Results from a two-decade study that looked at 2,000 kids in 5 cities in Southern California was recently published in the New England Journal of Medicine. Its findings remind us once again of the importance of clean air; remember, air pollution now kills more people than AIDS and malaria combined, and is now the world’s biggest environmental health risk with 7 million deaths per year. In fact, the World Health Organization now puts air pollution in the same category as tobacco smoke, UV radiation and plutonium!
The researchers found that the marked decline in air pollution in the region since the early 1990s has had a “statistically and clinically significant improvements” in children’s lung function and growth. In fact, the number of school-age kids with “abnormally low lung faction” dropped by more than half between the 1994-1998 group (7.9% with abnormally low lung function) and the most recent studied one, from 2007-2011 (3.6%). This seems to track fairly closely the amount of particulate matter pollution (PM2.5) over the same period, from 28 micrograms per cubic meter on average annually in 1994 to 13 micrograms per cubic meter in 2011.
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Research from a decade ago had shown that air pollution could stunt the development of children’s lungs and reduce their capacity for life, but now we can show the good effects of reducing air pollution:
“We can now turn that around and say that improving air quality leads to better health,” said W. James Gauderman, professor of preventive medicine at USC’s Keck School of Medicine and lead author of the study with eight other researchers. “This is one of the first good news studies ever about air pollution.”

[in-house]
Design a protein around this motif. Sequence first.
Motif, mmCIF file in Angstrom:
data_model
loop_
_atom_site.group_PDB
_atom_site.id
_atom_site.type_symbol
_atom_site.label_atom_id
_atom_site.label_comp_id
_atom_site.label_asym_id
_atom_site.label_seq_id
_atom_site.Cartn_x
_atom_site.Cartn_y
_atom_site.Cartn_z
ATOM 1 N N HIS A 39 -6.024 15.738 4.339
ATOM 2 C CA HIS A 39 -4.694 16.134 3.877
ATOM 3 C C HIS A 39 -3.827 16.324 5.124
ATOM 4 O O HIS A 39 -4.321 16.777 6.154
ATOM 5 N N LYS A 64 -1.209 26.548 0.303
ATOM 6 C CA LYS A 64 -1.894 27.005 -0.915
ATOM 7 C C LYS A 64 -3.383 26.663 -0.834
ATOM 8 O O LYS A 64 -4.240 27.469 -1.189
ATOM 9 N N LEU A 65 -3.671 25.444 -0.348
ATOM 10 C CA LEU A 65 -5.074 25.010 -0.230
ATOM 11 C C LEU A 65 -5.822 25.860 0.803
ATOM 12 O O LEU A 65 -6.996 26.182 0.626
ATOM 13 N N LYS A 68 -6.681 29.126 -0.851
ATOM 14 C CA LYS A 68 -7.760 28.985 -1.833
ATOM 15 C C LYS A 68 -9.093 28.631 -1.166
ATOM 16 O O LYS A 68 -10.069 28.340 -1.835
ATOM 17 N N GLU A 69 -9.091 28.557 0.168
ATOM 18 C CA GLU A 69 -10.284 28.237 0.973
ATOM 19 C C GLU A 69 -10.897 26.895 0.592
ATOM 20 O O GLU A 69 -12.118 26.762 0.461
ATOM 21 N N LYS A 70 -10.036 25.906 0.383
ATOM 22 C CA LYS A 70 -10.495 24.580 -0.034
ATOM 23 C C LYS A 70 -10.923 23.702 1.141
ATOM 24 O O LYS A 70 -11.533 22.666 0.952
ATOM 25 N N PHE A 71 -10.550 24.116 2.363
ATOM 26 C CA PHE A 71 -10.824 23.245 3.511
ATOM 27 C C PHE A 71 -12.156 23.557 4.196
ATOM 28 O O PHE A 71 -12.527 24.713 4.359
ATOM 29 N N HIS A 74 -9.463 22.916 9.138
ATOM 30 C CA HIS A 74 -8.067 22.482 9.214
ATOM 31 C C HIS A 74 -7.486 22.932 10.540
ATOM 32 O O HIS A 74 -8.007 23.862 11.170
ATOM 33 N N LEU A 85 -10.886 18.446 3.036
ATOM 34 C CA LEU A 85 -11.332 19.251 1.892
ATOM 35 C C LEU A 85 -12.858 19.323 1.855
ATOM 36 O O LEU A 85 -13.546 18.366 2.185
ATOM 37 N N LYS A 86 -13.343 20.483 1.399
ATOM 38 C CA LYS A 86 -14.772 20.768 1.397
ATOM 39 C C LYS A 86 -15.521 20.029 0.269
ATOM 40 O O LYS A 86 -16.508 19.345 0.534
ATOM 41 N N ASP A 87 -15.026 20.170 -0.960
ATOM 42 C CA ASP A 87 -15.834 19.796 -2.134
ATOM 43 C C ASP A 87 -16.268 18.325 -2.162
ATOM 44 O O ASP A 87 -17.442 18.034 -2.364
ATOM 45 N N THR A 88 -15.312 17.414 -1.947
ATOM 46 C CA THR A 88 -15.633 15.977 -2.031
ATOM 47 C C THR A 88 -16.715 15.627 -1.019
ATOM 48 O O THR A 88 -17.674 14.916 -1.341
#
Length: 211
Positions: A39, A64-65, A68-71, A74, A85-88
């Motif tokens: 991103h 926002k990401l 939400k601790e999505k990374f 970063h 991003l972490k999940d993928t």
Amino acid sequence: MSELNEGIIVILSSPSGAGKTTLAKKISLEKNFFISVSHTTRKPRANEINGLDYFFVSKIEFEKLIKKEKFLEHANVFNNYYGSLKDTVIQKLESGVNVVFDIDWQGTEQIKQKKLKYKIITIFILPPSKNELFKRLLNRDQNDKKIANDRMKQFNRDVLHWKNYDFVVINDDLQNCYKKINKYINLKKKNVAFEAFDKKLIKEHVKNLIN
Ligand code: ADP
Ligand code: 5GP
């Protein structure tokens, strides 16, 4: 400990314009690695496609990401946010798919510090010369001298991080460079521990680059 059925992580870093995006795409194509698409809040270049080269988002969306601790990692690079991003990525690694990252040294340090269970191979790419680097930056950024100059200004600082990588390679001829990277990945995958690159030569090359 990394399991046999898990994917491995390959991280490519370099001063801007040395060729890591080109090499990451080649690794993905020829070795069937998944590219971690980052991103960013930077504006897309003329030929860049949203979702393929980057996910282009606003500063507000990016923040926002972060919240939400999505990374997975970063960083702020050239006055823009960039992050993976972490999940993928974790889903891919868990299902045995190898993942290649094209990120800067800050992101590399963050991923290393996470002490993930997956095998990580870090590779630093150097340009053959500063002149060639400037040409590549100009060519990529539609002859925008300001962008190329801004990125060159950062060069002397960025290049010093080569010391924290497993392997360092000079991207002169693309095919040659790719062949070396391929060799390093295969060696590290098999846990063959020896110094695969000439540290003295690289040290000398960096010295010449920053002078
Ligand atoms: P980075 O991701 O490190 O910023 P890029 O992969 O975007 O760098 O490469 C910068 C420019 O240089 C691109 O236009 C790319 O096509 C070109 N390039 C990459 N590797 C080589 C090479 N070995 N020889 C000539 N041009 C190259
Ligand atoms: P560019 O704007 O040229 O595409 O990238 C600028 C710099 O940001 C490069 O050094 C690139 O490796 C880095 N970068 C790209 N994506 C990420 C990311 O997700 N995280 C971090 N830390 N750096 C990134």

Field teams took repeated measurements of students’ ability to breathe as they grew from age 11 to 15. While air quality monitoring stations logged pollution levels at each location, researchers compared students growing up from 2007 to 2011 to two previous groups of children whose lungs were tested from 1994 to 1998 and from 1997 to 2001.
As air quality improved, the number of children with abnormally low lung function — less than 80% of the lung capacity expected for their age — dropped by more than 4 percentage points, from 7.9% in the mid-1990s to 3.6% in 2011. The children’s four-year lung growth improved by more than 10% over the same period. (source)
Over the time period when the study took place, levels of nitrogen dioxide (NOx) dropped 33% across the five cities covered and fine particle pollution (PM2.5) fell by 47%. These were the two biggest factors for lung function. Reductions in ozone levels did not seem to have the same impact (though less ground-level ozone pollution is obviously a good thing too).
Teenagers between 11 and 15 were studied because their lungs grow quickly, and improvements that take place during that period are likely to stay with them for the rest of their lives.
A K-8 school principal in Long Beach notices the difference in air quality improvements, saying that nowadays she sees fewer kids with respiratory distress.
While things have improved, and the US is doing well compared to many places around the world, there’s still a lot of work to do. Few things are more important to human health than breathing, so let’s make sure that clean air is available to all (outside of the US too, or course! In fact, there are more low-hanging fruits there, like tightening rules on diesel).
Via New England Journal of Medicine, LA Times